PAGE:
GlaxoSmithKline says its Ebola vaccine may not be available before well into the next year, with full data on safety and efficacy requiring time.
Dr Ripley Ballou, head of GSK's Ebola vaccine research, said it would now take some time to assess the data to establish the correct dosage and for how long the vaccine was effective.
He said that could not be done in time for this latest epidemic.
With more than 4,700 lives lost and the number of cases rising every day, hopes have been pinned on vaccines to provide respite from the present deadly outbreak.
Several vaccines and drugs are in the pipeline but most are taking time over safety tests and protocols, despite fast-tracking.
At GSK, the trials that normally stretch across many years are being compressed to within a year and the vaccine has been given to volunteers taking part in the trial in Africa, the US and the UK.
The company hopes it will have 20,000 doses ready to be tested by health workers early next year, reports BBC.
Two experimental drugs ZMapp and TKM-Ebola have been given to patients during the present outbreak but it has not been sufficiently proven if they recovered due to the drug or a healthy immune system.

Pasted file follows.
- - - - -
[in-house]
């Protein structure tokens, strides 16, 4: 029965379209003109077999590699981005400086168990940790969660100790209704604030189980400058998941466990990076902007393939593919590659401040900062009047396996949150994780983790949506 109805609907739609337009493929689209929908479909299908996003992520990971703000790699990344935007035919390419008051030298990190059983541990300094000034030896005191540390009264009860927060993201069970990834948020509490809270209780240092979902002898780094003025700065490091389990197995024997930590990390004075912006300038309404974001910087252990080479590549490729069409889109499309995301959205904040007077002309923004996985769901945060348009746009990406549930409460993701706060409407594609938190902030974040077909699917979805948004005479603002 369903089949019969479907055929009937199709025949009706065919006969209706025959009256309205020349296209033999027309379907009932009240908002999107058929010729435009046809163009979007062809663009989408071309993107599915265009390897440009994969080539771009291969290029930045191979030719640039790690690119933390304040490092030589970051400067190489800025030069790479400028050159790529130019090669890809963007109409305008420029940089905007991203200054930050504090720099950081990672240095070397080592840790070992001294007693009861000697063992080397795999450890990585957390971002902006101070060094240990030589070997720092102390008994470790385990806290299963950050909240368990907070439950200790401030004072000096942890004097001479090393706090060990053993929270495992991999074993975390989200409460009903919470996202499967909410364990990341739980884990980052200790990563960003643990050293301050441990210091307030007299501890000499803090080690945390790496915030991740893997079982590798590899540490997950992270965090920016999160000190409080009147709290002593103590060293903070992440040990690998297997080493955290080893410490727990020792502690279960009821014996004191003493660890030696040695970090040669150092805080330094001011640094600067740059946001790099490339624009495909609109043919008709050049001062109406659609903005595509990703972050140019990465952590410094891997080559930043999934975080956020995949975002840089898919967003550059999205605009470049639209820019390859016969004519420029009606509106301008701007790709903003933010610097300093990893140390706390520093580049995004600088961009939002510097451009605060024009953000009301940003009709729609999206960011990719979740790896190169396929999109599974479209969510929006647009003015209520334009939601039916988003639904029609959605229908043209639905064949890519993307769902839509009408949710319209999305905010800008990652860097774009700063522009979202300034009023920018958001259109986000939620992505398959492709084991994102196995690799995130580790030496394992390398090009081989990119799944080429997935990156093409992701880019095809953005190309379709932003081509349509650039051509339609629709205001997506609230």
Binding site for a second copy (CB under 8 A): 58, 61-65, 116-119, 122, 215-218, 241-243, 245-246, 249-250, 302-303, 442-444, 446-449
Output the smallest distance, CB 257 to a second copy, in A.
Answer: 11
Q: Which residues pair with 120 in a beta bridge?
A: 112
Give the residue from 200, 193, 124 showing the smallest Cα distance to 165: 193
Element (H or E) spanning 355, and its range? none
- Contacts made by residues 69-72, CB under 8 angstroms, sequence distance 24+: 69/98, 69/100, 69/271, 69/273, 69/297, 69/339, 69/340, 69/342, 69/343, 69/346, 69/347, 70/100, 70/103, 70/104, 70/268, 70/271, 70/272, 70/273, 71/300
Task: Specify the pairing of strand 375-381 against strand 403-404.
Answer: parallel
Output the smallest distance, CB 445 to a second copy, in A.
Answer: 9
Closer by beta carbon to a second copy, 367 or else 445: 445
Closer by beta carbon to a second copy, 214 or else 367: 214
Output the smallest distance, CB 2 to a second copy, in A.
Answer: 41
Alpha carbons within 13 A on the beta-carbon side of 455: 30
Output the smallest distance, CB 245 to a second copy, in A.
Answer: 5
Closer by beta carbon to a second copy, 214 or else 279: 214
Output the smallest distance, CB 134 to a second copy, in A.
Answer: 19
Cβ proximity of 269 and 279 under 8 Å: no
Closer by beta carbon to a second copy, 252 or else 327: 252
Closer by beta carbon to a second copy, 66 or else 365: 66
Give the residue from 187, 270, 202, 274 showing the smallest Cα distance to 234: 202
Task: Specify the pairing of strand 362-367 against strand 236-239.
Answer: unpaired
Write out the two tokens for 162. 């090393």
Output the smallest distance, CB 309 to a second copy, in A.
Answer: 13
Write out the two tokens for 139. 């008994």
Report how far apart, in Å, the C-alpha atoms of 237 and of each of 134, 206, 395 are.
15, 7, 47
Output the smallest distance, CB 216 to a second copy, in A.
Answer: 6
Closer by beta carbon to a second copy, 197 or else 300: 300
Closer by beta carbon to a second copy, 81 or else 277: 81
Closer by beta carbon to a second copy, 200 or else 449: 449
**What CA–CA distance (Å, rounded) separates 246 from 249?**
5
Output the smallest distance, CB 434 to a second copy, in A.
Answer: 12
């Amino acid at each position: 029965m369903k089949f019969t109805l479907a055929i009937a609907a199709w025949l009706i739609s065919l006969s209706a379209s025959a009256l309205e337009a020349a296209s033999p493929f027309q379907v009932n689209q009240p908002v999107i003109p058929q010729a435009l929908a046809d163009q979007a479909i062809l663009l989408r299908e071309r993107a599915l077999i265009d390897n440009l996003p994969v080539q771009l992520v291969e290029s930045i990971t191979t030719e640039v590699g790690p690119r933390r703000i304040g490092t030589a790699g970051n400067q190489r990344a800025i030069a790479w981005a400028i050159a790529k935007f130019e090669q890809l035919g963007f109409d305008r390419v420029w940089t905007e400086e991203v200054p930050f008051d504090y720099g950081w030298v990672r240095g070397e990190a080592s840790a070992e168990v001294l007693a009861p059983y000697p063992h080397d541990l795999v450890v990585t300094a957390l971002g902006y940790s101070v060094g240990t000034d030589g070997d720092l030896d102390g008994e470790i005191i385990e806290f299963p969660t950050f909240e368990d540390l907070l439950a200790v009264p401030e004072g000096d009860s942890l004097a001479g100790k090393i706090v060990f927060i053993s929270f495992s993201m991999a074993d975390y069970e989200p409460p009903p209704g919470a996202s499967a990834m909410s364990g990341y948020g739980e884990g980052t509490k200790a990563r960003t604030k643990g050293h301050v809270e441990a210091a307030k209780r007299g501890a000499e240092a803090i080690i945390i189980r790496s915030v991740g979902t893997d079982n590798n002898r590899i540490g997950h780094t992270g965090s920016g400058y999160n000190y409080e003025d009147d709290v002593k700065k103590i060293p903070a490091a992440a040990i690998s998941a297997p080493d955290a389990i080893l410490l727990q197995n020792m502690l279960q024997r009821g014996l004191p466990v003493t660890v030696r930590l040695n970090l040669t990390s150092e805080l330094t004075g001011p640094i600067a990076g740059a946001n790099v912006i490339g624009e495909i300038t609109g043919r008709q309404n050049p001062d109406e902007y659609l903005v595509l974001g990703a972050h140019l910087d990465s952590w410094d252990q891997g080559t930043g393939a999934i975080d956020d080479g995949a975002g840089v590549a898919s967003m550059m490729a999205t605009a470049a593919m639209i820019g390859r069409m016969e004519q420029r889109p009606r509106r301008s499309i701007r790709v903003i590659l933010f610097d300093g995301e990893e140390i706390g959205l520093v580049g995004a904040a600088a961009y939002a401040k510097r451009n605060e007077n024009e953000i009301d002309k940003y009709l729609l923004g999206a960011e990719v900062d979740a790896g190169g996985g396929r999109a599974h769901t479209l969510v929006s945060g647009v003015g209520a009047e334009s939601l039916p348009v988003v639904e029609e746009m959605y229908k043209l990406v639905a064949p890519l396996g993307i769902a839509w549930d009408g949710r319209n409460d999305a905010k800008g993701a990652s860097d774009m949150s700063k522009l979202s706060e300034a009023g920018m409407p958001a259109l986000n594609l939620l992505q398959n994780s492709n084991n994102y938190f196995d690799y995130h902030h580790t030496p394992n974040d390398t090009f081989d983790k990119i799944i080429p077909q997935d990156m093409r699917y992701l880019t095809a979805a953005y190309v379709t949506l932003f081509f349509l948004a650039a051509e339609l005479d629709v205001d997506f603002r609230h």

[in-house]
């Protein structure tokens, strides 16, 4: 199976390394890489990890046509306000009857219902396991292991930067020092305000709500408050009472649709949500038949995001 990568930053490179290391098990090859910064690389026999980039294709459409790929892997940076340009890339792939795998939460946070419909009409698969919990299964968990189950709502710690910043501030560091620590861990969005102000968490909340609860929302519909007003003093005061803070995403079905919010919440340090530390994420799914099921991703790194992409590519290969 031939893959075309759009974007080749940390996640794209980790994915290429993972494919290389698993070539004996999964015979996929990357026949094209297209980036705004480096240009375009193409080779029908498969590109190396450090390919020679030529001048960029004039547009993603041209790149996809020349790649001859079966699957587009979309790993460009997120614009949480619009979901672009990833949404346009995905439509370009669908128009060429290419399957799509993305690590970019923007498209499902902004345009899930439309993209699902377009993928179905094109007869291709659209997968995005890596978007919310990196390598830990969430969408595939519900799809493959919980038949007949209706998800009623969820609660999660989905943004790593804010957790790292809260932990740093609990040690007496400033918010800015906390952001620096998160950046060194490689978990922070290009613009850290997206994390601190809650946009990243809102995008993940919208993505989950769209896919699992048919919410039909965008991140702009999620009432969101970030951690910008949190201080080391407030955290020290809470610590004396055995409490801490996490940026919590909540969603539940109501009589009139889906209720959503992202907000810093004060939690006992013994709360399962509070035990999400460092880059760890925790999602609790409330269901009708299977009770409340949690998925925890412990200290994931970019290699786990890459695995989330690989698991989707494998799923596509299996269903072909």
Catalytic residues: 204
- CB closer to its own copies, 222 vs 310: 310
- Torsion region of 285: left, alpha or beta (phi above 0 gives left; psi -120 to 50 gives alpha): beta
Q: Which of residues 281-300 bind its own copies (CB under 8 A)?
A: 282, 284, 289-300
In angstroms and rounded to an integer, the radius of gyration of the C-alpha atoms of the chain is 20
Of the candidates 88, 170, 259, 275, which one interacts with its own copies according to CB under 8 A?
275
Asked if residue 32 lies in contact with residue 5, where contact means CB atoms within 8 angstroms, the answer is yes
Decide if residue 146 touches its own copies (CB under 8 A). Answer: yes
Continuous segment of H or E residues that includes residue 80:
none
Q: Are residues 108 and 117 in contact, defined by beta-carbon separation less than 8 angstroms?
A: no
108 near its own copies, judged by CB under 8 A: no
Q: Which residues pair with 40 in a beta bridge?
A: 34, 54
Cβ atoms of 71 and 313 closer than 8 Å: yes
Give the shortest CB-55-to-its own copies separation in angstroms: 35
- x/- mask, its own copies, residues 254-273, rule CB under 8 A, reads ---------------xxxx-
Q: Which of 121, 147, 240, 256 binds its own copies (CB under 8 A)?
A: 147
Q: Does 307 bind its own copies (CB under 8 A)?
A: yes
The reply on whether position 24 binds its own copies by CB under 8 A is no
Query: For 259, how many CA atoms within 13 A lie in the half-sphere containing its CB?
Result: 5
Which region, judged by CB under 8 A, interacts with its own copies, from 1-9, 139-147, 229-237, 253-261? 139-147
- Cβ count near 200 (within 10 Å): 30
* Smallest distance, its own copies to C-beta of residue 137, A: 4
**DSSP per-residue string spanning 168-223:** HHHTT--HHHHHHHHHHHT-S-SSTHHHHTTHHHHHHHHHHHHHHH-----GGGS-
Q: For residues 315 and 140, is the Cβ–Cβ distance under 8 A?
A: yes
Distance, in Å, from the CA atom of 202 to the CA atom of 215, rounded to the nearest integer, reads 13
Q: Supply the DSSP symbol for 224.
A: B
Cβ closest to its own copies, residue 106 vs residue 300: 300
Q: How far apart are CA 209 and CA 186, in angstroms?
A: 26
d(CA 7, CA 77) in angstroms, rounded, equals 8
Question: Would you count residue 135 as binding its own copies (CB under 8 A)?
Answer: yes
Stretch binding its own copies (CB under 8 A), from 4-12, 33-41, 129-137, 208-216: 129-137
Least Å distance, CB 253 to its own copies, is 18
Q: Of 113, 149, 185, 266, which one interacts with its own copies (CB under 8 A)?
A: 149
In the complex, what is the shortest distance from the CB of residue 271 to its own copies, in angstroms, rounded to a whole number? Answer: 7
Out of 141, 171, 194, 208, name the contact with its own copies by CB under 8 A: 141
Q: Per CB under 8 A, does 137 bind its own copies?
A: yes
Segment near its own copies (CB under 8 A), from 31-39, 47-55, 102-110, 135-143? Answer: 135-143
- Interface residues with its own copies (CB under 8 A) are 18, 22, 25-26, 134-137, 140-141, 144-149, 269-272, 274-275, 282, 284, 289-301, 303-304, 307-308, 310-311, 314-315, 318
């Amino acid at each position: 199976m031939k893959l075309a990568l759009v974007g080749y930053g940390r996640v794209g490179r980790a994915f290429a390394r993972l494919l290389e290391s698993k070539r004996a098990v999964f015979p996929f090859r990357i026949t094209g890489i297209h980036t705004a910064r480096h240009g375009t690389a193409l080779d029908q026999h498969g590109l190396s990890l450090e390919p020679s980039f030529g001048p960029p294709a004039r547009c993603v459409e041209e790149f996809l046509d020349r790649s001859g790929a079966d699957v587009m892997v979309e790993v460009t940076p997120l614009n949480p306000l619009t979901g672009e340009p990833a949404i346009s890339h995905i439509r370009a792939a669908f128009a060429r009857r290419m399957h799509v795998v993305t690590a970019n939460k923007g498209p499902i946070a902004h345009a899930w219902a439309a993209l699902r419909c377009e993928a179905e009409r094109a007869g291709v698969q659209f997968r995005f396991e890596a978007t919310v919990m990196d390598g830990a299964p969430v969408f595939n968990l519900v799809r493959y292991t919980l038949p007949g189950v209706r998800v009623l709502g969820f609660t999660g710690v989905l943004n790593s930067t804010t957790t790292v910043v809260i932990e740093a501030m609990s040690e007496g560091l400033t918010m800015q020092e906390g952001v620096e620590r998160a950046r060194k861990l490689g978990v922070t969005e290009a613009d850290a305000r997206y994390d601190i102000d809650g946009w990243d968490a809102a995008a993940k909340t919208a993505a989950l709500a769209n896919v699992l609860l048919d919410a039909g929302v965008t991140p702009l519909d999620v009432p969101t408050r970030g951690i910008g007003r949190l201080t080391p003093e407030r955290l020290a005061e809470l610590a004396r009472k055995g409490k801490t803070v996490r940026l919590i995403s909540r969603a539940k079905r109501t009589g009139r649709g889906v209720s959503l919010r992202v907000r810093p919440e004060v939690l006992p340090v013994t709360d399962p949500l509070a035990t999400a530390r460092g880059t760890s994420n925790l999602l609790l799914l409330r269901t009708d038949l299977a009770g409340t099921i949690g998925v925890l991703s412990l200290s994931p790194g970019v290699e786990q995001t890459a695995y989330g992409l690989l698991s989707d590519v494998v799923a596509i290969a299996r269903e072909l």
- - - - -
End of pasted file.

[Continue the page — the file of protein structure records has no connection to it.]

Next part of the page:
More controlled testing will be required.
Meanwhile, Sarepta Therapeutics Inc reported positive results from testing its drug with no visible side-effects. The antidote also works against the Marburg virus.
With insufficient knowledge on how the Ebola virus works, some experts have suggested that one way of treatment could be to strengthen the body via the immune response rather than drugs to attack the virus.
Two approved selective estrogen receptor modulators used in breast cancer treatments have been shown to inhibit Ebola infection in vitro and in a mouse model in a 2013 paper.
Positive results from an experimental drug given to monkeys infected with the Marburg virus suggest that the same technique could be useful against the Ebola virus.
Not all experts agree that changing the immune response is a good idea.
While the ZMapp drug produces antibodies in the body, Tekmira's drug TKM-Ebola, also given to one of the American doctors, works degrading the messenger RNA which carries the blueprint of replication by the virus.